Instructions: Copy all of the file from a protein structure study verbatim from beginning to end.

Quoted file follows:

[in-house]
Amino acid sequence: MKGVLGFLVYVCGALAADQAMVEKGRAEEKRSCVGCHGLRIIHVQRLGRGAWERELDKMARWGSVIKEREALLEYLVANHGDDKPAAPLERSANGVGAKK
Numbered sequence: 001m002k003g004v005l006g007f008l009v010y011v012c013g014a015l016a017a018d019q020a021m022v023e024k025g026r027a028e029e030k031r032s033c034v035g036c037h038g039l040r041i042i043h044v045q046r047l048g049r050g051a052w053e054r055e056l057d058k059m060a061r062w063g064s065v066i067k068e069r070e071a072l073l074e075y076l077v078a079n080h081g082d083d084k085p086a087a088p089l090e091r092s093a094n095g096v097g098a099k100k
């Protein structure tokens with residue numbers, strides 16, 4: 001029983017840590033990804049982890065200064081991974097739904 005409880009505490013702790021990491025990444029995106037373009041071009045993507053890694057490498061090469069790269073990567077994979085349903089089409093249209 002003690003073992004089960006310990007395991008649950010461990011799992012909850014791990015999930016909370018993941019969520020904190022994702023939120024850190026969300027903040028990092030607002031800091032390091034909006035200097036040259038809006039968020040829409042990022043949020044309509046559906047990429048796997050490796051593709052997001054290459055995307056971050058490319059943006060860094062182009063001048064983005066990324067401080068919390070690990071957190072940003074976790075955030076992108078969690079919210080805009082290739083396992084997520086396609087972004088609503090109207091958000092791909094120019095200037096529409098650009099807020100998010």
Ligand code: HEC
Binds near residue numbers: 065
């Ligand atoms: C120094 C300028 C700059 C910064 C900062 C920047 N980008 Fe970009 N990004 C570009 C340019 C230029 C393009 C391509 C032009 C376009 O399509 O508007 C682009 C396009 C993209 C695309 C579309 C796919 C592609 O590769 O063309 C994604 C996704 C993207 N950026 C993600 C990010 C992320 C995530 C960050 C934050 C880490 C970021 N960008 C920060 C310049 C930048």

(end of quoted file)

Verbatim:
[in-house]
Amino acid sequence: MKGVLGFLVYVCGALAADQAMVEKGRAEEKRSCVGCHGLRIIHVQRLGRGAWERELDKMARWGSVIKEREALLEYLVANHGDDKPAAPLERSANGVGAKK
Numbered sequence: 001m002k003g004v005l006g007f008l009v010y011v012c013g014a015l016a017a018d019q020a021m022v023e024k025g026r027a028e029e030k031r032s033c034v035g036c037h038g039l040r041i042i043h044v045q046r047l048g049r050g051a052w053e054r055e056l057d058k059m060a061r062w063g064s065v066i067k068e069r070e071a072l073l074e075y076l077v078a079n080h081g082d083d084k085p086a087a088p089l090e091r092s093a094n095g096v097g098a099k100k
């Protein structure tokens with residue numbers, strides 16, 4: 001029983017840590033990804049982890065200064081991974097739904 005409880009505490013702790021990491025990444029995106037373009041071009045993507053890694057490498061090469069790269073990567077994979085349903089089409093249209 002003690003073992004089960006310990007395991008649950010461990011799992012909850014791990015999930016909370018993941019969520020904190022994702023939120024850190026969300027903040028990092030607002031800091032390091034909006035200097036040259038809006039968020040829409042990022043949020044309509046559906047990429048796997050490796051593709052997001054290459055995307056971050058490319059943006060860094062182009063001048064983005066990324067401080068919390070690990071957190072940003074976790075955030076992108078969690079919210080805009082290739083396992084997520086396609087972004088609503090109207091958000092791909094120019095200037096529409098650009099807020100998010």
Ligand code: HEC
Binds near residue numbers: 065
């Ligand atoms: C120094 C300028 C700059 C910064 C900062 C920047 N980008 Fe970009 N990004 C570009 C340019 C230029 C393009 C391509 C032009 C376009 O399509 O508007 C682009 C396009 C993209 C695309 C579309 C796919 C592609 O590769 O063309 C994604 C996704 C993207 N950026 C993600 C990010 C992320 C995530 C960050 C934050 C880490 C970021 N960008 C920060 C310049 C930048």